A total of 979 834 patient admissions (designated “admitted episodes”) were included in the sample of selected Victorian hospitals for the period 1 July 2003 to 30 June 2004. Over two-thirds (68.6%) had a length of stay of 1 day or less. Of the total of admitted episodes in the sample, 67 435 (6.88%) had at least one C prefix. Multiday episodes (patients staying for more than 1 day) had nearly three times the incidence of adverse events (19.57%) compared with all admitted episodes. Patients with an adverse event were older (mean age, 62.9; 95% CI, 62.7–63.0 years) than those without adverse events (mean age, 48.2; 95% CI, 48.1–48.3 years). The mean Charlson score for pre-existing comorbidity was significantly higher (P < 0.001) for those who experienced an adverse event (mean, 0.184; 95% CI, 0.179–0.189) than those who did not (mean, 0.067; 95% CI, 0.066–0.068).
Episodes with an adverse event differed in the three key measures: length of stay, in-hospital mortality and cost. Among all admitted episodes, patients with adverse events had a considerably longer length of stay, about 10 days longer than those without adverse events: 12.61 days (95% CI, 12.48–12.74) compared with 2.49 days (95% CI, 2.48–2.50). Episodes with an adverse event had over seven times the risk of in-hospital mortality than those without complications (risk ratio, 7.09; 95% CI, 6.94–7.25). Patients who died in hospital were more likely to have a complication recorded (45.76%) than those discharged alive (6.45%). It is not possible to determine from the data the extent to which the adverse event contributed to the death.
Among multiday episodes, patients with adverse events stayed about 7.5 days longer than those without: 14.00 days (95% CI, 13.86–14.15) compared with 6.49 days (95% CI, 6.46–6.54). The in-hospital case fatality rate of those with an adverse event was very close to that for the entire sample (7.35%), and the risk of in-hospital mortality was almost three times (risk ratio, 2.88; 95% CI, 2.82–2.94) that for multiday episodes without complications.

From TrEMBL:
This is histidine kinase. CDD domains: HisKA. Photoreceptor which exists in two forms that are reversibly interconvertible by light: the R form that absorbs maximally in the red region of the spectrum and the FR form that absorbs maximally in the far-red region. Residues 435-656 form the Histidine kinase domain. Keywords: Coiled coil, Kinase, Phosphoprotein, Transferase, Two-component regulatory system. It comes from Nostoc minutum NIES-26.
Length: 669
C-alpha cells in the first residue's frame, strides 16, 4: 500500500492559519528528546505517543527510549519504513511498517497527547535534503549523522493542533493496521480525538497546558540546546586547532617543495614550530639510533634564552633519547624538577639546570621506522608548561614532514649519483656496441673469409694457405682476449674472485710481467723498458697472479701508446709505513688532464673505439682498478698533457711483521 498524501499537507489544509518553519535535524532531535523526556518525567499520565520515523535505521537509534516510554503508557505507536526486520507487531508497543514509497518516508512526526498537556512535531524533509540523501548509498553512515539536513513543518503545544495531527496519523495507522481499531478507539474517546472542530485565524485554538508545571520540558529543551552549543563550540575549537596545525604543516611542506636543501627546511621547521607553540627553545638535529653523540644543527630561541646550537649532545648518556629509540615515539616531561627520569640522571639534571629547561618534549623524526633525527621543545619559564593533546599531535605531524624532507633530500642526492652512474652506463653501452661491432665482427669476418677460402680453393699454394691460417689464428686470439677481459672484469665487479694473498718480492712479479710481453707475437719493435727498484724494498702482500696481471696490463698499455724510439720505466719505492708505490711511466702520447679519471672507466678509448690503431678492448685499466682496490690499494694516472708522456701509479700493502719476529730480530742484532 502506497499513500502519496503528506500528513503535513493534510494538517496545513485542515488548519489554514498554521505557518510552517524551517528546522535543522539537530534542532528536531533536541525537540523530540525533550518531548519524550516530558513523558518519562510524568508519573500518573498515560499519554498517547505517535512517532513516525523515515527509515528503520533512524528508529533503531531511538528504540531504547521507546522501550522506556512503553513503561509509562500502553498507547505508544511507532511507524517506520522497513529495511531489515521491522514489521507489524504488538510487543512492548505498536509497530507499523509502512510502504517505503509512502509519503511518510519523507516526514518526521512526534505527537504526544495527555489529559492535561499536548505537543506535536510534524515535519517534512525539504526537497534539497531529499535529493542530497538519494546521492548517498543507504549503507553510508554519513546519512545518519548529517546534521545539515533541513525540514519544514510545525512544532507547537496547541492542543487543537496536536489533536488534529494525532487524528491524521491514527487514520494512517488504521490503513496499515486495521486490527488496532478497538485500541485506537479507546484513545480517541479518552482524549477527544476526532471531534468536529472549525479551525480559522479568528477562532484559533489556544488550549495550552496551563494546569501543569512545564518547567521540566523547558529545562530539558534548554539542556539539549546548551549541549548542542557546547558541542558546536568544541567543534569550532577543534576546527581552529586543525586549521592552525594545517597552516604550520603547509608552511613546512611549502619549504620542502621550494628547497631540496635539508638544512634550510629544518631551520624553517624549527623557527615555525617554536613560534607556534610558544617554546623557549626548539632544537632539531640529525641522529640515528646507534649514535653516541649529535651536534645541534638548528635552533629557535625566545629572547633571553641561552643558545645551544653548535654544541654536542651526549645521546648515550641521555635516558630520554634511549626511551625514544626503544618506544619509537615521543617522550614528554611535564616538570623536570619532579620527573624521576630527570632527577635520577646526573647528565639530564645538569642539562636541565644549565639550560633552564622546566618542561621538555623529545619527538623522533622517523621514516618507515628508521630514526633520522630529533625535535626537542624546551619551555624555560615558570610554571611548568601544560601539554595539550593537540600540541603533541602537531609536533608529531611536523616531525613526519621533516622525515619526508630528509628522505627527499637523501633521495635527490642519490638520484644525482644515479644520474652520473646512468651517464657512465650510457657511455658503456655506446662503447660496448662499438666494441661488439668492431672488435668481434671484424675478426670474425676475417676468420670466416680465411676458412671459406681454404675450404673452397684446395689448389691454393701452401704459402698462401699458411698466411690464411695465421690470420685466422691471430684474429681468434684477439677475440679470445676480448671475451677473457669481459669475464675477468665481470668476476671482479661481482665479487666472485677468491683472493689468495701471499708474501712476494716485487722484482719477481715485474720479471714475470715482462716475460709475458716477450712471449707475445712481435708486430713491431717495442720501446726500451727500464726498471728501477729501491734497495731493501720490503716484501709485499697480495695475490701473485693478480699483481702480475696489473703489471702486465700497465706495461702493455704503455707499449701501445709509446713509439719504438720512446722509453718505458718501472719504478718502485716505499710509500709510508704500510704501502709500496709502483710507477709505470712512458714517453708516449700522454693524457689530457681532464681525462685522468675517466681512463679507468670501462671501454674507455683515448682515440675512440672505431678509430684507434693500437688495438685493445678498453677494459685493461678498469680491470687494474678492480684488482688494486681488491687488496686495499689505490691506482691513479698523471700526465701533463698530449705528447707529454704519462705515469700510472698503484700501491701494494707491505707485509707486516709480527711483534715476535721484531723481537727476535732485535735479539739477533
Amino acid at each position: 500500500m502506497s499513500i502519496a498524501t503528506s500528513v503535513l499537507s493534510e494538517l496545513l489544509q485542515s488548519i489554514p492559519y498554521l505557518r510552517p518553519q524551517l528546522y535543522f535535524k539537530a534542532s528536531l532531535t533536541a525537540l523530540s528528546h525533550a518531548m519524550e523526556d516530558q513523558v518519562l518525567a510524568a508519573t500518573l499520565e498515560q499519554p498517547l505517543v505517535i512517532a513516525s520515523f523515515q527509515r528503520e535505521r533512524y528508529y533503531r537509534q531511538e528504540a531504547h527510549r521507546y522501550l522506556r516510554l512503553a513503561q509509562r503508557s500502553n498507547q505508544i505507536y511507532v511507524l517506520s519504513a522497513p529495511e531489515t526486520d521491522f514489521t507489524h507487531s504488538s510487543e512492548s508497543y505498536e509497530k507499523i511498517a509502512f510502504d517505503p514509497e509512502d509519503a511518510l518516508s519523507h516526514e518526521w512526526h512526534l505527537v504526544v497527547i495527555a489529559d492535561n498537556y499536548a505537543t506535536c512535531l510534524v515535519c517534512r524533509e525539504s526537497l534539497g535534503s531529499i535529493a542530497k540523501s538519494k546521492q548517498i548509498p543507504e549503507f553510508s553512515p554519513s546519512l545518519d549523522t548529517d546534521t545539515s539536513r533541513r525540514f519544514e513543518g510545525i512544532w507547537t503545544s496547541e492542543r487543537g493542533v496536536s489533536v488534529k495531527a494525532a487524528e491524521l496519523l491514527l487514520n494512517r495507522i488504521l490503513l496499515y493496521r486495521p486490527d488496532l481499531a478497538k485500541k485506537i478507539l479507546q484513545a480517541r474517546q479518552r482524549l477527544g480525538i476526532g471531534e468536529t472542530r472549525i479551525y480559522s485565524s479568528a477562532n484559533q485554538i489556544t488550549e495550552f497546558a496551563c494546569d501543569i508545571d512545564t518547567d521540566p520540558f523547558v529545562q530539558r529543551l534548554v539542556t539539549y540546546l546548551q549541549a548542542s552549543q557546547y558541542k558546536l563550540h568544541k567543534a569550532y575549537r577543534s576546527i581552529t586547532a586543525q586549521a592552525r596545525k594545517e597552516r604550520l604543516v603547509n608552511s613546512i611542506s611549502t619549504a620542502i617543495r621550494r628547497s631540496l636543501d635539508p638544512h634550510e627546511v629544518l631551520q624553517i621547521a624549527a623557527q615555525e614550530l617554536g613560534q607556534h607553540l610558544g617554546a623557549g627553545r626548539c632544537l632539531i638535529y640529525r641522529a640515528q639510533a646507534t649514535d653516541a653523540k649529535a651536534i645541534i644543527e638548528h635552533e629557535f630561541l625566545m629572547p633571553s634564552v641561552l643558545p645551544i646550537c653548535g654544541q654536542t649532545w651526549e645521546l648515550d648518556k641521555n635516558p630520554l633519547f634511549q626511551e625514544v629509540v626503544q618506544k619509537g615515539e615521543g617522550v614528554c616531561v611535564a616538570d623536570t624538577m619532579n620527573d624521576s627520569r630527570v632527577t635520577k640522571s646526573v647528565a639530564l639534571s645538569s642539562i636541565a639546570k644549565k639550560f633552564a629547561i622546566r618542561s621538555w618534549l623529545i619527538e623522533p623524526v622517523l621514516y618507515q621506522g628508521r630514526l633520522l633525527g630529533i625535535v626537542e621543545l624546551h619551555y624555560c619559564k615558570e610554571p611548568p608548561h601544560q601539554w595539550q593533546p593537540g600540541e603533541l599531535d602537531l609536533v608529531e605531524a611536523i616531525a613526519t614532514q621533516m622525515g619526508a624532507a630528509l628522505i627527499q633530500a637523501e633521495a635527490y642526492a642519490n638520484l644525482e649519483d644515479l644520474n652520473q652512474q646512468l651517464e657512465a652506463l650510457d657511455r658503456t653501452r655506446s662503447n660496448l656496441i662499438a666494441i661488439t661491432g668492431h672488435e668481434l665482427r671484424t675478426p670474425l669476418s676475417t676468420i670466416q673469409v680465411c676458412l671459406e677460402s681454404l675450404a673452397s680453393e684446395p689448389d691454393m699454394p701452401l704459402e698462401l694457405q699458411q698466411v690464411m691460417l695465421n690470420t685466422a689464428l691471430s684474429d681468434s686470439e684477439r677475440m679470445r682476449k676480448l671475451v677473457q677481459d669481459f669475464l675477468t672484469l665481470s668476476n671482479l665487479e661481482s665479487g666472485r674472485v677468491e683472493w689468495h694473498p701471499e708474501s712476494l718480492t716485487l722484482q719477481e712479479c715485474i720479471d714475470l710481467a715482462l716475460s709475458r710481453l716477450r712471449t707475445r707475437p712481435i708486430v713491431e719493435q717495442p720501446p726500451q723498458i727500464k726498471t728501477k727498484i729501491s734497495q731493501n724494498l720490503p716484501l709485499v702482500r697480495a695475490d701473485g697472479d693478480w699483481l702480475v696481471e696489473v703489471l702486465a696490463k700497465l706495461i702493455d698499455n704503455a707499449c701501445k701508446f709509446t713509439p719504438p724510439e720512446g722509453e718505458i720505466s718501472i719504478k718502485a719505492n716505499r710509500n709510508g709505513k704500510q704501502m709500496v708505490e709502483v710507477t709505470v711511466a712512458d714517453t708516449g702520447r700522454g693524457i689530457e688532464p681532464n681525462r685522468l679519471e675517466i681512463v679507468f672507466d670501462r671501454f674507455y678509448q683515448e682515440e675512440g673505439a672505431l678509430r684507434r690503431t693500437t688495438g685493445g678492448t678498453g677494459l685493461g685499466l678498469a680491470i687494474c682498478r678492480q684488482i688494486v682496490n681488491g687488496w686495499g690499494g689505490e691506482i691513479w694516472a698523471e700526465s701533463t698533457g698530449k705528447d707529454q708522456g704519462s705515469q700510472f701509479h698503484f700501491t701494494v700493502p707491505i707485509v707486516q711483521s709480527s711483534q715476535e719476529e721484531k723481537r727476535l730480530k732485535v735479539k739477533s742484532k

The 10 leading groups of recorded incident adverse events are shown in Box 2. About a quarter (27.9%) of these leading groups were identifiable from the C prefix only; the others comprised codes related by definition to adverse events.
The group “dehydration and metabolic imbalances” (E86–E87.8) was the leading type of adverse event, with 5563 cases (8.25% of all adverse events), and was associated with an in-hospital mortality rate of 7.86%, although no causation can be inferred. The second most frequent was “atrial fibrillation and other heartbeat irregularities” (I47–I49; R00), representing 5.48% of all recorded adverse events, with an associated mortality rate of 7.25%. “Pneumonia and lower respiratory tract infections” (J12–J22) had the highest associated mortality rate (18.25%), followed by “hypotension” (I95.9), with a 9.11% in-hospital mortality rate.
The mean cost of all admitted episodes without an adverse event was $2181 (95% CI, $2171 – $2190) compared with $14 027 (95% CI, $13 865 – $14 187) for an episode with an adverse event. The mean cost for multiday episodes was $5355 (95% CI, $5323 – $5387) compared with $15 429 (95% CI, $15 252 – $15 605) when the episode had at least one adverse event recorded (Box 1).
A linear regression model was used to estimate cost, with age, pre-existing comorbidity (modified Charlson score), the presence of an adverse event and an adjDRG (the latter two as 0–1 coded indicators) as independent variables for all admitted episodes. All parameter coefficients in the final model achieved statistical significance at P < 0.05 (df = 407, r2 = 0.38), with the exception of 11 of the 405 adjDRGs. After adjusting for age and comorbidity, the presence of an adverse event, as estimated by the regression coefficient, adds $6826.
Linear regression modelling was used to estimate the cost for selected adjDRGs using age, comorbidity and recorded adverse event as independent variables. All models achieved statistical significance of P < 0.05 or greater. The adjDRGs with the greatest dollar value attributable to adverse events are dominated by neurosurgery, cardiac surgery and hip surgery categories. The greatest dollar value contributor to adverse events was “B02 Craniotomy”, with an incremental cost of $16 664 (df = 3; P < 0.001; r2 = 0.12) when an adverse event was present, adding a total of $20.130 million to direct hospital costs.